Acute Lymphocytic Leukemia (ALL): Your Chances for Recovery (Prognosis)
What is a prognosis?
Prognosis is the word your healthcare team may use to describe your likely outcome from your leukemia and its treatment. A prognosis is a calculated guess. It’s a question many people have when they learn they have cancer.
Making a choice
The decision to ask about your prognosis is a personal one. It’s up to you to decide how much you want to know. Some people find it easier to cope and plan ahead when they know their prognosis and the statistics for how well a treatment might work. Other people find statistics confusing and frightening. Or they might think statistics are too general to be useful.
A doctor who is most familiar with your health is in the best position to discuss your prognosis with you and explain what the statistics may mean in your case. At the same time, you should keep in mind that your prognosis can change. Cancer and cancer treatment outcomes are hard to predict. For instance, a favorable prognosis (which means you’re likely going to do well) can change if the ALL keeps growing or doesn’t respond to treatment. An unfavorable prognosis can change, too. This can happen if treatment controls the ALL so it doesn’t grow more.
What goes into a prognosis
When figuring out your prognosis, your doctor will consider all the things that could affect the cancer and its treatment. Your doctor will look at risk estimates about the exact type of ALL you have. These estimates are based on what results researchers have seen over decades in many people with the same type of ALL.
If your ALL is likely to respond well to treatment, your doctor will say you have a favorable prognosis. If your leukemia is likely to be hard to control, your prognosis may be less favorable. In this case, the leukemia may shorten your life. It’s important to keep in mind that a prognosis states what’s likely or probable. It is not a prediction of what will definitely happen. No doctor can be fully certain about an outcome.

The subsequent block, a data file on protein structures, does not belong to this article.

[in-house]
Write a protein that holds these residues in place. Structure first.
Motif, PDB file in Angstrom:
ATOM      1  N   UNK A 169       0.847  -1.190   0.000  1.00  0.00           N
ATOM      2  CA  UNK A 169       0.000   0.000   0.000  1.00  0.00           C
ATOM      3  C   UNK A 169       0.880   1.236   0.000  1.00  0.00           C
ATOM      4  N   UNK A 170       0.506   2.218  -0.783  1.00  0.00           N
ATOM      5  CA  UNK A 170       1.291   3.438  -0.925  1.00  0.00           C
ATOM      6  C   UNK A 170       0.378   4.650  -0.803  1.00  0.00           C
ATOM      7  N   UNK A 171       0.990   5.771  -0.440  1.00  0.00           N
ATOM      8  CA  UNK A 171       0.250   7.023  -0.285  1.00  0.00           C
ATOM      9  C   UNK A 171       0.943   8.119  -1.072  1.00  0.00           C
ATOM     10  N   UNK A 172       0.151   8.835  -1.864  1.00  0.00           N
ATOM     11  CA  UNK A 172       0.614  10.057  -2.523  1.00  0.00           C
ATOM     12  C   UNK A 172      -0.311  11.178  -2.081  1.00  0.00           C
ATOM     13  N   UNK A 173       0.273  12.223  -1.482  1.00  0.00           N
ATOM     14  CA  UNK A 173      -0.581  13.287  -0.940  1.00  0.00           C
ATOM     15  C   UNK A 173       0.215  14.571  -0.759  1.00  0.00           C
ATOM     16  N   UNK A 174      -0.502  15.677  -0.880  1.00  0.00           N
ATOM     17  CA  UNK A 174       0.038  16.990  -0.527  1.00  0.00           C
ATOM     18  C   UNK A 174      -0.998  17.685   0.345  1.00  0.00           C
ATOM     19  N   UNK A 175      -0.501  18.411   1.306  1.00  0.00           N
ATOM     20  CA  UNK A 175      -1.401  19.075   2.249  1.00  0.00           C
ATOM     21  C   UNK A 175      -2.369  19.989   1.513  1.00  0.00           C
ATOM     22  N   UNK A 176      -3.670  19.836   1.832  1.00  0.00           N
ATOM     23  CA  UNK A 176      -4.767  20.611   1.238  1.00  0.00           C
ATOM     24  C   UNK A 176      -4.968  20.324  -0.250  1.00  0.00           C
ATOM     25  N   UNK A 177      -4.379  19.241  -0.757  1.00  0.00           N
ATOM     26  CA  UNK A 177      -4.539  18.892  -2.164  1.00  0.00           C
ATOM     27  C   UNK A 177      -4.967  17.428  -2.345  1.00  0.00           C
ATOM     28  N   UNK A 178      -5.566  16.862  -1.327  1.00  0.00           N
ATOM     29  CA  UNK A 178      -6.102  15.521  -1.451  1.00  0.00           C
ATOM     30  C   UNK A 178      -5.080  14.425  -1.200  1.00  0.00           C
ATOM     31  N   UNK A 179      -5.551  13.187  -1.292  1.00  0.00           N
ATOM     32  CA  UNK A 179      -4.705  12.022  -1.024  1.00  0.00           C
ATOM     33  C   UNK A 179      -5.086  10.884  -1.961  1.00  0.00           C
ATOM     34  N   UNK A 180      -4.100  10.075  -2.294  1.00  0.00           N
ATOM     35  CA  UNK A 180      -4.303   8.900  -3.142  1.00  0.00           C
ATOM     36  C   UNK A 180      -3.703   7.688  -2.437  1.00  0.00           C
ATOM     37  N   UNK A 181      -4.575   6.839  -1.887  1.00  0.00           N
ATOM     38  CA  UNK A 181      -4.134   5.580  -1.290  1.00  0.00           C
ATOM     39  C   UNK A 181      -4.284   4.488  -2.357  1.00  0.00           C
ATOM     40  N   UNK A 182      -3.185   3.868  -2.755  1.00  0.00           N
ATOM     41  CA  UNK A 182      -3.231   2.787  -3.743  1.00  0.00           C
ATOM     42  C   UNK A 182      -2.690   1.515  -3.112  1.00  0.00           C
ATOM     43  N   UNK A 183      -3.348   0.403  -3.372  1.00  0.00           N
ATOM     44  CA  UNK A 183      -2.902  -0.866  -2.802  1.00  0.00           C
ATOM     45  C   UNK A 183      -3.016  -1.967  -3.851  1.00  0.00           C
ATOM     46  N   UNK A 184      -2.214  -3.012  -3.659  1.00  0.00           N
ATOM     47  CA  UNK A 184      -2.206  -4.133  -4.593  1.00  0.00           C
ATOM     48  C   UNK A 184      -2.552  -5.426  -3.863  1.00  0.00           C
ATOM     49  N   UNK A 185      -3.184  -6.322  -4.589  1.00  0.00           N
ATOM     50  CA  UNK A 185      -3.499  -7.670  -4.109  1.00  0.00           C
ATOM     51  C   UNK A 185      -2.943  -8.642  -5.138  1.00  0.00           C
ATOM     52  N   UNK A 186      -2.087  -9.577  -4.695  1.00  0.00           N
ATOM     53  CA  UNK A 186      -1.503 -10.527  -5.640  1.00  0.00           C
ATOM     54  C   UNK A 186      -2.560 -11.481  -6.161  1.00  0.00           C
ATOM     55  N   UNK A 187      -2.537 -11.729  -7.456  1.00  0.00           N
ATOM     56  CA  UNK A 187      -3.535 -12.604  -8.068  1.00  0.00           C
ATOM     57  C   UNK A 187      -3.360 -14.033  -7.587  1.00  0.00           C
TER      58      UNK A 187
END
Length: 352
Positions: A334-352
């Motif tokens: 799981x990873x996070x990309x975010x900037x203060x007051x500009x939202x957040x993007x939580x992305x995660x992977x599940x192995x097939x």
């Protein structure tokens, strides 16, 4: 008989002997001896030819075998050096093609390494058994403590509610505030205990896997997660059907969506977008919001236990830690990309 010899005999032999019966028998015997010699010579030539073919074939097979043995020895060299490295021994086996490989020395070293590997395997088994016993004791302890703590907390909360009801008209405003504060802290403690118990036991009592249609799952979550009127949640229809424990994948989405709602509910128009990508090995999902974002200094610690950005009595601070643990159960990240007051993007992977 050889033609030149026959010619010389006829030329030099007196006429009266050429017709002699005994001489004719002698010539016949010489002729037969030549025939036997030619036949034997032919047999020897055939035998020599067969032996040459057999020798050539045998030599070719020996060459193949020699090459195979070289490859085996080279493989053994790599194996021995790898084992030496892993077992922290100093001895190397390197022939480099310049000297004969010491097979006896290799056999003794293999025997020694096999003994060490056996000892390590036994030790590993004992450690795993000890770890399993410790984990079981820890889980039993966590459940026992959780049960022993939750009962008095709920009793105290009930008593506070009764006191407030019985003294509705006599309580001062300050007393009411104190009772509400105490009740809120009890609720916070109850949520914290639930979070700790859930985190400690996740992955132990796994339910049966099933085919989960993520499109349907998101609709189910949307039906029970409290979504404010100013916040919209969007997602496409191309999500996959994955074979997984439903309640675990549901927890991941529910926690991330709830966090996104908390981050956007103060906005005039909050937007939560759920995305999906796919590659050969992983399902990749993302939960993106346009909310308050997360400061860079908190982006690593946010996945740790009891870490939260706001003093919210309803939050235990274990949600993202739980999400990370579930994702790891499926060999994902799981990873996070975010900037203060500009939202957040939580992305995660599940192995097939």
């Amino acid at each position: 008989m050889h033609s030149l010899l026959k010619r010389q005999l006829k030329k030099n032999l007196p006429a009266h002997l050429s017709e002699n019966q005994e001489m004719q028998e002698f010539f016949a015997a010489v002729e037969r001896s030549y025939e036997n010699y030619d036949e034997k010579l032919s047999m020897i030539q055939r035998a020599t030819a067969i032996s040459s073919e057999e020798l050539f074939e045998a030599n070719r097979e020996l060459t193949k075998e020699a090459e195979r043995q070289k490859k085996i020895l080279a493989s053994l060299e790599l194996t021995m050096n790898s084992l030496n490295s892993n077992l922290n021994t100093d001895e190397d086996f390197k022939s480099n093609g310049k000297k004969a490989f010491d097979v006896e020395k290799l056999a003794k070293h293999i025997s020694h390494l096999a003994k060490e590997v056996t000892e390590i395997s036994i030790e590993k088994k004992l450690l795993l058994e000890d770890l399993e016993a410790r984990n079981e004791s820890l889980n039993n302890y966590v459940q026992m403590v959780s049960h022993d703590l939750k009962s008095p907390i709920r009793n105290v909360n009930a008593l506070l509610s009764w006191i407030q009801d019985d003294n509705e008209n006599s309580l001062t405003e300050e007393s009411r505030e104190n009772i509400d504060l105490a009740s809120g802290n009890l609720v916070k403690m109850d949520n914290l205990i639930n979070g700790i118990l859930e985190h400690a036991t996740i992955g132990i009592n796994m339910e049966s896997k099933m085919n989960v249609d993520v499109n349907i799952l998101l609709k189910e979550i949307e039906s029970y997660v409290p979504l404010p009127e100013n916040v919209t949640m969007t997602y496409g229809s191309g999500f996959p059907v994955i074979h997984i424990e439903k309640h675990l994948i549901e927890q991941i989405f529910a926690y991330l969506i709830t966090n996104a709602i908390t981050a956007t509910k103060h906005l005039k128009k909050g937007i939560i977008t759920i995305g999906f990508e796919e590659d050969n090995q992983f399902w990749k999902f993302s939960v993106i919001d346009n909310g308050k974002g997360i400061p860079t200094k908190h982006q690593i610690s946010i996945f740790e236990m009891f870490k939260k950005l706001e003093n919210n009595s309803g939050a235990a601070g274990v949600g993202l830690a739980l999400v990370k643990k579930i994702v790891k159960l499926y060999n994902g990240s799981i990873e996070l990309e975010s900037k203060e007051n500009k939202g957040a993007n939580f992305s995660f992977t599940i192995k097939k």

Your prognosis depends mainly on:
Your age and overall health
The sub-type of ALL
Gene or chromosome changes in the leukemia cells
Your white blood cell (WBC) count at the time you’re diagnosed
Whether you have ALL cells in your brain and spinal cord (called CNS or central nervous system involvement) or other places outside of your bone marrow
If you have a bad infection when you are diagnosed
If you've had chemotherapy for another cancer in the past
How well and how fast your ALL responds to treatment
Understanding survival rates
Survival rates show how many people live for a certain length of time after being told they have cancer. Most often, the numbers used refer to the 5-year survival rate. That’s how many people live at least 5 years after being diagnosed.
People who have so signs of ALL after 5 years are usually cured.
What are the survival rates for ALL?
ALL survival rates vary a lot based on the leukemia sub-type and the factors listed above. The relative 5-year survival rate for people diagnosed with ALL is 71%. This number is adjusted for the fact that some people with ALL will die from causes other than ALL. It's based on people who were diagnosed between 2005 and 2011. Many new and better treatments for ALL have become available in recent years. So the prognosis for people diagnosed with ALL today is probably better. In fact, treatment advances have almost doubled the 5-year survival rate for leukemias as a combined group. And new treatments are regularly developed.
Talking with your healthcare provider
You can ask your healthcare provider about survival rates and what you might expect. But remember that statistics are based on large groups of people treated at least 5 years ago. They can’t be used to say what will happen to you. No two people are exactly alike. Treatment and how well people respond to treatment vary.
June 09, 2018
Curran, E., How I treat acute lymphocytic leukemia in older adolescents and young adults, Blood (2015); 125(24); pp. 3702-3710
LoCicero, Richard, MD,Stump-Sutliff, Kim, RN, MSN, AOCNS